To the right is a Great Horned also known by the folks where I grew up as the Hoot Owl due to its muffled, resonant, six-noted hoot. You see one of these girls Halloween comes to mind especially when they take flight with that 4.5-5 foot wing span in the light of the waning moon. Although, they are the most common choice for a Halloween mascot from their species the one that has the spookiest reputation is the Barn Owl.
One of the greatest things about growing up in the foothills of the Ozarks are the tales you hear as a child and often the alternative names the old hill folk give various animals and plants. The Barn Owl is a haunting creature with a bleached white face and bone-chilling, hissing scream. Because of these two aspects many of the older folks referred to this species of owls as Ghost Owls. To see one of them in flight against the darkness and their scream echoing through the fields and trees can make a person’s blood run cold.
As a child, our next door neighbor, a hog farmer, had a resident Barn Owl that sometimes we would catch a glimpse of or would hear as it took flight from his barn’s loft. A smear of white against the shadows and its voice was enough to have us kids ducking into the house and hiding under our beds. A kid’s imagination coupled with tales from grandfathers or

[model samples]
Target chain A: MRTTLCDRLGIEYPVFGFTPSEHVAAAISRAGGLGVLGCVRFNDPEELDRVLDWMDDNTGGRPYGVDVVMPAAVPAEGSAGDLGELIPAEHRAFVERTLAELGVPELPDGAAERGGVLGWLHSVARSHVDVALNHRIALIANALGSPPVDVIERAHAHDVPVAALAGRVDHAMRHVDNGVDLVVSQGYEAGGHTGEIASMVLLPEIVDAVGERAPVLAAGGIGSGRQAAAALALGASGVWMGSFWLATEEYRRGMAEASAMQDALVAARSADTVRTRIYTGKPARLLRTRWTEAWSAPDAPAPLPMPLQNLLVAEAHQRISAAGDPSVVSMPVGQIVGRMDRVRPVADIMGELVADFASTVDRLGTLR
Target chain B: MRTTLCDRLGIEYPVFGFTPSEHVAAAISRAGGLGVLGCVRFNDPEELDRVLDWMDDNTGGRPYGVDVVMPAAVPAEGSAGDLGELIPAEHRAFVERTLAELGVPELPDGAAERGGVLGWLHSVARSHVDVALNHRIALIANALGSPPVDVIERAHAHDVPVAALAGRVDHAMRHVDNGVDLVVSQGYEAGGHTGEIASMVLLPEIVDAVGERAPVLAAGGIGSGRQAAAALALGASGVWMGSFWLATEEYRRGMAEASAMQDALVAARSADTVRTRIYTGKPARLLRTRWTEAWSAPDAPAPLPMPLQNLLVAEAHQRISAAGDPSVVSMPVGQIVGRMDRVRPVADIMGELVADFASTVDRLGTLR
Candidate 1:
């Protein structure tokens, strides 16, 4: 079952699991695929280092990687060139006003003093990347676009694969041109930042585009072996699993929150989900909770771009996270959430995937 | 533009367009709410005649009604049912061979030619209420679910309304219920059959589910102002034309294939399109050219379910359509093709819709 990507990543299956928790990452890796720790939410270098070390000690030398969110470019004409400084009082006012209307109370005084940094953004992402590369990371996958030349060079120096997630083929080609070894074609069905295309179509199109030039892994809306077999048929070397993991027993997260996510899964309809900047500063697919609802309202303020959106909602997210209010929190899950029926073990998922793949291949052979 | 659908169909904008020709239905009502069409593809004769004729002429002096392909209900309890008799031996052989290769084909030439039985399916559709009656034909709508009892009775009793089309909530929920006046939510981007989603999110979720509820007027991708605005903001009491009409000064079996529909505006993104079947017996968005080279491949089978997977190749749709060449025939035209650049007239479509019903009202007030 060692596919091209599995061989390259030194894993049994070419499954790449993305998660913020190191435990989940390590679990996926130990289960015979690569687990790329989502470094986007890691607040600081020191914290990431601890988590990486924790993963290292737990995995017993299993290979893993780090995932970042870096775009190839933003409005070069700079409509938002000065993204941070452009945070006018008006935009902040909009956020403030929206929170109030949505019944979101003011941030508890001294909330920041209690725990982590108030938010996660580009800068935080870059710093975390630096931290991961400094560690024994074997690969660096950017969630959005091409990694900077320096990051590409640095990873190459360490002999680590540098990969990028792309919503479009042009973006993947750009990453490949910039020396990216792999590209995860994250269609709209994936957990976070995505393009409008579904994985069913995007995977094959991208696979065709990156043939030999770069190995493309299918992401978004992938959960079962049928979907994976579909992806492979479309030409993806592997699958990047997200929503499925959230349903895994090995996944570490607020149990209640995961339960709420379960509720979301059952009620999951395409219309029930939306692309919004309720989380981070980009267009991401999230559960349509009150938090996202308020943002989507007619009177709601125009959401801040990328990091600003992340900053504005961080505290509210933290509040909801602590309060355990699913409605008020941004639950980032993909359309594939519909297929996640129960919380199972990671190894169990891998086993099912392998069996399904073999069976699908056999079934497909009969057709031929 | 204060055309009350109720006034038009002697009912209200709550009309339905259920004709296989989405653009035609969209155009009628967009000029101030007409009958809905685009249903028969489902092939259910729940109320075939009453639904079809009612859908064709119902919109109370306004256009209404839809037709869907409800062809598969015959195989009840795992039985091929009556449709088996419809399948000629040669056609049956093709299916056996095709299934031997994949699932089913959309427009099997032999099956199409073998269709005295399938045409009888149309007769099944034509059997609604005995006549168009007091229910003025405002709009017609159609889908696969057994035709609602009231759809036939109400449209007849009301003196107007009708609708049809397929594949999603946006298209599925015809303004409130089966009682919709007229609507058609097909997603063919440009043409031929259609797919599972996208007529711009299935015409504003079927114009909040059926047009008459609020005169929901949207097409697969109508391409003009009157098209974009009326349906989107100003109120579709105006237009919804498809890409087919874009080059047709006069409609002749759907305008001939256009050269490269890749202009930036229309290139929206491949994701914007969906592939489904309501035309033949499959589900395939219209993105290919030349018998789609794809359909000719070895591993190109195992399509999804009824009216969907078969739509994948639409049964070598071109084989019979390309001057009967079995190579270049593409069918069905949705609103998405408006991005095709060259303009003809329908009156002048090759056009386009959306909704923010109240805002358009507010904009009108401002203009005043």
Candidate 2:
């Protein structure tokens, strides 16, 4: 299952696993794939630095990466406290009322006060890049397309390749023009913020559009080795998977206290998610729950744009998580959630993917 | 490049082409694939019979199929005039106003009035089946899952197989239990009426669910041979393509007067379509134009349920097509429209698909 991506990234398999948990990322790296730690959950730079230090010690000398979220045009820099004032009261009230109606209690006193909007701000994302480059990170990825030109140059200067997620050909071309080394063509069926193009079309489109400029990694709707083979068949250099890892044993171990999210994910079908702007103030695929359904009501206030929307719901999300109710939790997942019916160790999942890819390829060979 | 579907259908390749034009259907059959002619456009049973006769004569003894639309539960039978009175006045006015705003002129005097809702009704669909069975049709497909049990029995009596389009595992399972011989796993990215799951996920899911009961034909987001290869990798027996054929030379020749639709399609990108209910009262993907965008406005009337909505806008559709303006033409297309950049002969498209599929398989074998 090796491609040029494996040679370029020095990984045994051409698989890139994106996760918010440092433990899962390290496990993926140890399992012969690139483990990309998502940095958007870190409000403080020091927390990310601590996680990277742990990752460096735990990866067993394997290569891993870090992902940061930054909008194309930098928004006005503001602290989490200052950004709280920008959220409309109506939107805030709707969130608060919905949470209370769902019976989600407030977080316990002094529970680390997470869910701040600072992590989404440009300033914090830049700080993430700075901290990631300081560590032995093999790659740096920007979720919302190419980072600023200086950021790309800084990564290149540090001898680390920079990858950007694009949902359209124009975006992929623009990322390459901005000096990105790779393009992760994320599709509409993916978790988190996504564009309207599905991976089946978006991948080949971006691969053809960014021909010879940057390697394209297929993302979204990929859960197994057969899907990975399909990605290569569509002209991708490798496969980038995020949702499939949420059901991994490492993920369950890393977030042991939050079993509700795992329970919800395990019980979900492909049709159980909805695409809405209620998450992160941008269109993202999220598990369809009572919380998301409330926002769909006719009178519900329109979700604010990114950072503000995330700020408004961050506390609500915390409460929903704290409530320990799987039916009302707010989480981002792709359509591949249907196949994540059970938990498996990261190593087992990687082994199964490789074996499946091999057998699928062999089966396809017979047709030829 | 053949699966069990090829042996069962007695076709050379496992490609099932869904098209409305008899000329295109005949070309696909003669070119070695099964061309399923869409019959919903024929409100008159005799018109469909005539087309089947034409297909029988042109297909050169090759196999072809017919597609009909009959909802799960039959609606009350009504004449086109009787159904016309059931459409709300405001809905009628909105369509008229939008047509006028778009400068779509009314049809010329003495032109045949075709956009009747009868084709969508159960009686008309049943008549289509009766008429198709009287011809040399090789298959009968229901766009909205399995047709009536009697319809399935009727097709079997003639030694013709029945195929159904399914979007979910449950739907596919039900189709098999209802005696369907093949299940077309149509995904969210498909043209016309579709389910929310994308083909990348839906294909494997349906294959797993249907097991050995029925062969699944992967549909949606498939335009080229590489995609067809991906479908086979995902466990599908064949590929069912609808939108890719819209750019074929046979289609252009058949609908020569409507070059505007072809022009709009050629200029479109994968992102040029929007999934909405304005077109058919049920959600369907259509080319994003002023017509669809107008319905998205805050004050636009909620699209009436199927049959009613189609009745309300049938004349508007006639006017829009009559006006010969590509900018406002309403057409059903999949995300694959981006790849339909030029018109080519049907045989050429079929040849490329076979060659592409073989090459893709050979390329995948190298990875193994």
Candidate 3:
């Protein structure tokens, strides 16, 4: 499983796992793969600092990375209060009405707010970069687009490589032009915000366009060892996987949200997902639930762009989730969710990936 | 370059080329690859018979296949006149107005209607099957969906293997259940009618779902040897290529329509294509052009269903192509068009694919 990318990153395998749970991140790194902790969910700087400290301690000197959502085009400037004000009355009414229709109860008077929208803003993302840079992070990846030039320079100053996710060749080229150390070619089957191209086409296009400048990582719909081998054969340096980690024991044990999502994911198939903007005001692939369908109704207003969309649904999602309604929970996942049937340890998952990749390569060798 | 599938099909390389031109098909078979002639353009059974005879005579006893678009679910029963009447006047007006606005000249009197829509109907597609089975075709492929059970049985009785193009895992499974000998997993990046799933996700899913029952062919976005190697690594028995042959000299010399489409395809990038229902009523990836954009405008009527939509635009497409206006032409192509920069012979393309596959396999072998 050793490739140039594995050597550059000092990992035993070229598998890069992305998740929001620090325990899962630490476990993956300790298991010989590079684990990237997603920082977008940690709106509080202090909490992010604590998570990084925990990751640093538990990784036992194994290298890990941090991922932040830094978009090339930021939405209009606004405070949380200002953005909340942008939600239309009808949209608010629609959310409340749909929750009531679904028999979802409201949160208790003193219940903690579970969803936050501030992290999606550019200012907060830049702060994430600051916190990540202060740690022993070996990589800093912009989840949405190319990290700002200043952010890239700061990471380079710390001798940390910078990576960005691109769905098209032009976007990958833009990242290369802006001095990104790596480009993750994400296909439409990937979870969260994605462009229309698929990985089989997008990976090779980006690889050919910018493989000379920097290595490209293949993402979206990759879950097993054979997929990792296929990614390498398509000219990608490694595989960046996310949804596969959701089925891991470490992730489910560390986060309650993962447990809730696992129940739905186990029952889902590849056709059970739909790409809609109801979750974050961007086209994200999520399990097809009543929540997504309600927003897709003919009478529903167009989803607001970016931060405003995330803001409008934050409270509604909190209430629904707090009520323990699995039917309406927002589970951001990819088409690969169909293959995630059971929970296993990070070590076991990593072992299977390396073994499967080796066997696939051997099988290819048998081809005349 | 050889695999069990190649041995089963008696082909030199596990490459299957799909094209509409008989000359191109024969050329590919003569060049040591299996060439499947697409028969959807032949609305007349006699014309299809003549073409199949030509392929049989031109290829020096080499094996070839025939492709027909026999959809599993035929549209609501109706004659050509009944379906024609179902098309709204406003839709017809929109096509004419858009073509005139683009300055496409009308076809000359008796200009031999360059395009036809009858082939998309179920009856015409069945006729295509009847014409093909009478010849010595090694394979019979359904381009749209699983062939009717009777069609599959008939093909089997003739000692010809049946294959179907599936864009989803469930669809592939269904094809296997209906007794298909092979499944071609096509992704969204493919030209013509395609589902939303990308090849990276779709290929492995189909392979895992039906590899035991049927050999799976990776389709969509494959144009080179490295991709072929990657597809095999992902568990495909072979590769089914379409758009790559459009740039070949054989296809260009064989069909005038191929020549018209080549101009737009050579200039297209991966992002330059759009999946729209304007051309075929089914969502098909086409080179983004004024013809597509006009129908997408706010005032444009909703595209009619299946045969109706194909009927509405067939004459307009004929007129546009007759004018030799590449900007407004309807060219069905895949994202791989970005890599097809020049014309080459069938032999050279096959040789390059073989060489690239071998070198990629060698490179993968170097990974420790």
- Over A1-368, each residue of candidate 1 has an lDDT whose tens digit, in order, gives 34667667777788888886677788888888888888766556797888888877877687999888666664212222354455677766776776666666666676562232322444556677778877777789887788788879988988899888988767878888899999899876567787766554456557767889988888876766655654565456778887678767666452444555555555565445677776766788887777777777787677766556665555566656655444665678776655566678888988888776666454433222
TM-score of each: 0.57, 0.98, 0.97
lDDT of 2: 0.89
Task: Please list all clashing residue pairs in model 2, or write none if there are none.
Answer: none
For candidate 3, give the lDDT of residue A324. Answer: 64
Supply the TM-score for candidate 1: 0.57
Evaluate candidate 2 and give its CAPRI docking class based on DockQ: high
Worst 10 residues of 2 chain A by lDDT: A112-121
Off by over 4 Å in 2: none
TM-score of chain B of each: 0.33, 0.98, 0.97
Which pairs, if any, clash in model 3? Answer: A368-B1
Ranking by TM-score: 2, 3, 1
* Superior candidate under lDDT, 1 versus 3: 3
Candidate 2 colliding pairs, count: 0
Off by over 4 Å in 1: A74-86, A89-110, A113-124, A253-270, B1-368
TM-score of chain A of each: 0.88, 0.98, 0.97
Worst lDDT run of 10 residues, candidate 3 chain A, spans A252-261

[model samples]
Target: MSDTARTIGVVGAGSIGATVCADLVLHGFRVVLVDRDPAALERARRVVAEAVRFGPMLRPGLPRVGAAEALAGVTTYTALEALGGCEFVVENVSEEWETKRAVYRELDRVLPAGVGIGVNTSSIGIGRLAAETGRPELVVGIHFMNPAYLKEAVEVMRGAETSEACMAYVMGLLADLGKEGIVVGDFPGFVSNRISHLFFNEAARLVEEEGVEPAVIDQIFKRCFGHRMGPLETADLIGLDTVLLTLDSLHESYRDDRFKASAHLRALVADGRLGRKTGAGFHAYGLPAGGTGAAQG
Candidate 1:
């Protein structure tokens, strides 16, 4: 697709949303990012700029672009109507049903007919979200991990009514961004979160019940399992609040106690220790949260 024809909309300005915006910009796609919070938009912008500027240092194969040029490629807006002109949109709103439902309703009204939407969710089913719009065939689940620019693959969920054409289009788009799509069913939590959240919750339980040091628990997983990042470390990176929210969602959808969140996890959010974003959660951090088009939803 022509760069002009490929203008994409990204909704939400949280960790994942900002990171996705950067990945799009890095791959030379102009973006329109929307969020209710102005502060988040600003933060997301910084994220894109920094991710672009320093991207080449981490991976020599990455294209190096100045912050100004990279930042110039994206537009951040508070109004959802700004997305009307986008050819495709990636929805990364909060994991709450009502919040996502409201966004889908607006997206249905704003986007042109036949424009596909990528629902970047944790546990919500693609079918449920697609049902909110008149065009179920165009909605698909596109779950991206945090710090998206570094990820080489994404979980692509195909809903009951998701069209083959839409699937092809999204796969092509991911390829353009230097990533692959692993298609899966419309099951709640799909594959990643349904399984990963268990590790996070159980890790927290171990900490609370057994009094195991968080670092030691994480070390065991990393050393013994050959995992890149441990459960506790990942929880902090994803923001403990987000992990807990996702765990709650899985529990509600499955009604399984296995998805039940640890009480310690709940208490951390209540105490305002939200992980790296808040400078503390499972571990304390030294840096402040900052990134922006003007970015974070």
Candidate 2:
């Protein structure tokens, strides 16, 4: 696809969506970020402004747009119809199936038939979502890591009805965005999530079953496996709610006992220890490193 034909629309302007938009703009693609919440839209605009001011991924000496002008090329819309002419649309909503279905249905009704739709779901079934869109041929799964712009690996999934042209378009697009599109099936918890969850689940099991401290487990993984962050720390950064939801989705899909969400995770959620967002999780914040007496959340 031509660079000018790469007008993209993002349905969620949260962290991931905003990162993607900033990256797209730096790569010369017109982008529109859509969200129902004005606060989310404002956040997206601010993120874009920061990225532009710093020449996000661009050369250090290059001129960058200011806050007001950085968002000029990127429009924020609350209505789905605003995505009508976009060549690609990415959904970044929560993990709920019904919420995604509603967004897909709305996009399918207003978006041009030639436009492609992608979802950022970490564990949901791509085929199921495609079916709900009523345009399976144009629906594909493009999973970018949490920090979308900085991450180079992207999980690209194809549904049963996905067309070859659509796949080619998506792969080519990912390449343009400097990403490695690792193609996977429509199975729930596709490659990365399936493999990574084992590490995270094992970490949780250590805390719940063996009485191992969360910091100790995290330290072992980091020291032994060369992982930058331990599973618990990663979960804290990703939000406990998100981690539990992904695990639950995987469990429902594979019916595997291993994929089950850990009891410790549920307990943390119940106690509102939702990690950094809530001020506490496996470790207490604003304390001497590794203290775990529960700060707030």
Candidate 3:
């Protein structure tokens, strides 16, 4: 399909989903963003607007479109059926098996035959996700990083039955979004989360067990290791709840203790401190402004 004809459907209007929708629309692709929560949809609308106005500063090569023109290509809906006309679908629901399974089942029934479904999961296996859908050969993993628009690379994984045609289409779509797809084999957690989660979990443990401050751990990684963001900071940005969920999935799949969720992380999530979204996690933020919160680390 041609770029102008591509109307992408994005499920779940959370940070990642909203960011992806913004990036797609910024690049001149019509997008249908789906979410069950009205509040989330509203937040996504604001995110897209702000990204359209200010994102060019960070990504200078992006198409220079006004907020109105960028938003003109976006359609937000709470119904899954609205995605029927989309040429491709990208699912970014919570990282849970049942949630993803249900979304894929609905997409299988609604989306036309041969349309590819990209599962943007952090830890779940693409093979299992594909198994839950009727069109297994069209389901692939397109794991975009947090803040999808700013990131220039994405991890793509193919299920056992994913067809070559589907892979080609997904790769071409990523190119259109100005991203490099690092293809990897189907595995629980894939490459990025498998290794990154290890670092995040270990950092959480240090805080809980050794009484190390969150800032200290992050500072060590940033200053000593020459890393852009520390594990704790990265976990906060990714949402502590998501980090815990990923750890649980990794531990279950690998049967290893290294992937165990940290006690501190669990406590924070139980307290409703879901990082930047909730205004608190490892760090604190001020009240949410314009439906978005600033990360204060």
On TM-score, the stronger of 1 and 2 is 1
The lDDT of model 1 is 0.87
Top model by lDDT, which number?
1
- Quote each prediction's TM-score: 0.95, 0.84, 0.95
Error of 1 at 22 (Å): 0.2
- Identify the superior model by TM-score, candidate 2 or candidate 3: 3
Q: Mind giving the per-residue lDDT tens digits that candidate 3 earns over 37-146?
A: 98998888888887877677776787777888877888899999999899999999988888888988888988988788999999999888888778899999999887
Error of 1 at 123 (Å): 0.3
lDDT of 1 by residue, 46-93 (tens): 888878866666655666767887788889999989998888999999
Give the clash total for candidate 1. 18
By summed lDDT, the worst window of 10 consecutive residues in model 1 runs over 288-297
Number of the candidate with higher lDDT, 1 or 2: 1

grandmothers can make for some powerful fear. When I grew older though I realized that there was nothing supernatural about these beautiful creatures and then I fell in love.
As you can see from the picture they are exquisitely unique with those heart-shaped ghostly white faces, down turned beaks, and nearly invisible eyes. I dare anyone reading this to not to take a look at that face and not fall in love with its haunting beauty.
Perhaps, I’ll write a story about a shape-shifter who shifts into an owl. Hmmm…damn it…just what I needed another plot bunny nipping at my ear. 😛
Back to my subject though. Walking through this place and seeing these creatures up close, things I could never get a close look at other wise created a sense of awe and peace in me. There is nothing more beautiful than nature in her rawest form and nothing more sad than to think someone could harm a feather on any of them.
Thank the Goddess for the people who help like those at the sanctuary and those who help support their efforts.
If you would like to learn more about The World Bird Sanctuary and how you can adopt one of their permanent residents check out the link below: